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Hoffmann, R. A wiki for the life sciences where authorship matters. Nature Genetics (2008)

Characterization of bone morphogenetic protein family members as neurotrophic factors for cultured sensory neurons.

The bone morphogenetic proteins have been implicated in several inductive processes throughout vertebrate development including nervous system patterning. Recently, these proteins have also emerged as candidates for regulating survival of mesencephalic dopaminergic and sympathetic neurons. Interestingly, we have found that several bone morphogenetic proteins can be detected in developing embryonic day 14 rat dorsal root ganglia by means of reverse transcription-polymerase chain reaction and immunocytochemistry. To further elucidate their potential role during the period of ontogenetic neuron death, serum-free cultures of dorsal root sensory neurons from developing chick and rat embryos were treated with distinct bone morphogenetic proteins with or without simultaneous addition of other "established" neurotrophic factors. Our results show that bone morphogenetic proteins exert survival promoting effects on their own, and that they can positively modulate the effects of neurotrophins on sensory neurons. In particular, growth/differentiation factor-5, bone morphogenetic protein-2, -4, -7 and -12 significantly increased the survival promoting effects of neurotrophin-3 and nerve growth factor on cultured dorsal root ganglion neurons. These results fit well into the current concept that neurotrophic factors may act synergistically in ensuring neuronal survival. Moreover, these data suggest potential instructive interactions of bone morphogentic proteins and neurotrophins during sensory neuron development. Finally, the documented neurotrophic capacity of bone morphogenetic protein family members may have potential relevance for the treatment of peripheral neuropathies.[1]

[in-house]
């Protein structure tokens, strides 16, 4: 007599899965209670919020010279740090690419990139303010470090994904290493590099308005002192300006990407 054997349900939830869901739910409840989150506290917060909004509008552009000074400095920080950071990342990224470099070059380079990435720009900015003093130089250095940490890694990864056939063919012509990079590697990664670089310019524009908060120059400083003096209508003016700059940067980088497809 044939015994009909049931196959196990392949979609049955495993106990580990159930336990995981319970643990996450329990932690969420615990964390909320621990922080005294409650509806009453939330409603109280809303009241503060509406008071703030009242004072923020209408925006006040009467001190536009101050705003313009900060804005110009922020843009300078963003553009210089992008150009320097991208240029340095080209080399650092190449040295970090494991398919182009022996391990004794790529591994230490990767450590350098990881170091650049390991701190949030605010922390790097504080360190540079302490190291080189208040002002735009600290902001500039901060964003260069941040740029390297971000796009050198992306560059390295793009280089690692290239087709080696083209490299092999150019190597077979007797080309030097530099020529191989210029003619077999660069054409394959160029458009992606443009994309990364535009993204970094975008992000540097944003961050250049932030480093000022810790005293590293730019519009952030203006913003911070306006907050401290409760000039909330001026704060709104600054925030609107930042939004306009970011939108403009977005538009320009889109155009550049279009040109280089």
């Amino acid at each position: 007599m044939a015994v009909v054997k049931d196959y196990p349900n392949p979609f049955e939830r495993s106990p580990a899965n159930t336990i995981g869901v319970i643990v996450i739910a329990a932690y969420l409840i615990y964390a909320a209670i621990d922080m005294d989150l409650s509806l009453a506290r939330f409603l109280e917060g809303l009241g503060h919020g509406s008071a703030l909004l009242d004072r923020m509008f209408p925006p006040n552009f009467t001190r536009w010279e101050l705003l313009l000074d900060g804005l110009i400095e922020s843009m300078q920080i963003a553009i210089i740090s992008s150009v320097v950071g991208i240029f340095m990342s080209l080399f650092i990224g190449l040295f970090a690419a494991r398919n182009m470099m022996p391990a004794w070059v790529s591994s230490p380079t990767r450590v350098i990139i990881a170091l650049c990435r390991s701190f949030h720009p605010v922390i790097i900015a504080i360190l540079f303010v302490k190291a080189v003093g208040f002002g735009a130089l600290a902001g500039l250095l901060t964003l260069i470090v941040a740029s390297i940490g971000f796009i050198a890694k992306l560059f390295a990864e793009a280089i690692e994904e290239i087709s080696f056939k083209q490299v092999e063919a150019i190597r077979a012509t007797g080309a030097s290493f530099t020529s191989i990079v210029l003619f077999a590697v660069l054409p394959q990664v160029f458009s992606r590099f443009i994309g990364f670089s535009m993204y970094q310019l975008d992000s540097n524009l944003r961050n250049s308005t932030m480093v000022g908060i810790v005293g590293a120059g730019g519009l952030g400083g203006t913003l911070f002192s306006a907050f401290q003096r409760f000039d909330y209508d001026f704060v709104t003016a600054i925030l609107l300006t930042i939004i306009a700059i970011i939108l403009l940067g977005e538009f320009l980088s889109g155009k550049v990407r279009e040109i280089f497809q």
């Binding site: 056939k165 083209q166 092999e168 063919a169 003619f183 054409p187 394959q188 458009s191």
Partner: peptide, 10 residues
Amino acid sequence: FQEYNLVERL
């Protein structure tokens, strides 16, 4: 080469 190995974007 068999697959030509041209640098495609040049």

1. Characterization of bone morphogenetic protein family members as neurotrophic factors for cultured sensory neurons. Farkas, L.M., Jászai, J., Unsicker, K., Krieglstein, K. Neuroscience (1999) [Pubmed]
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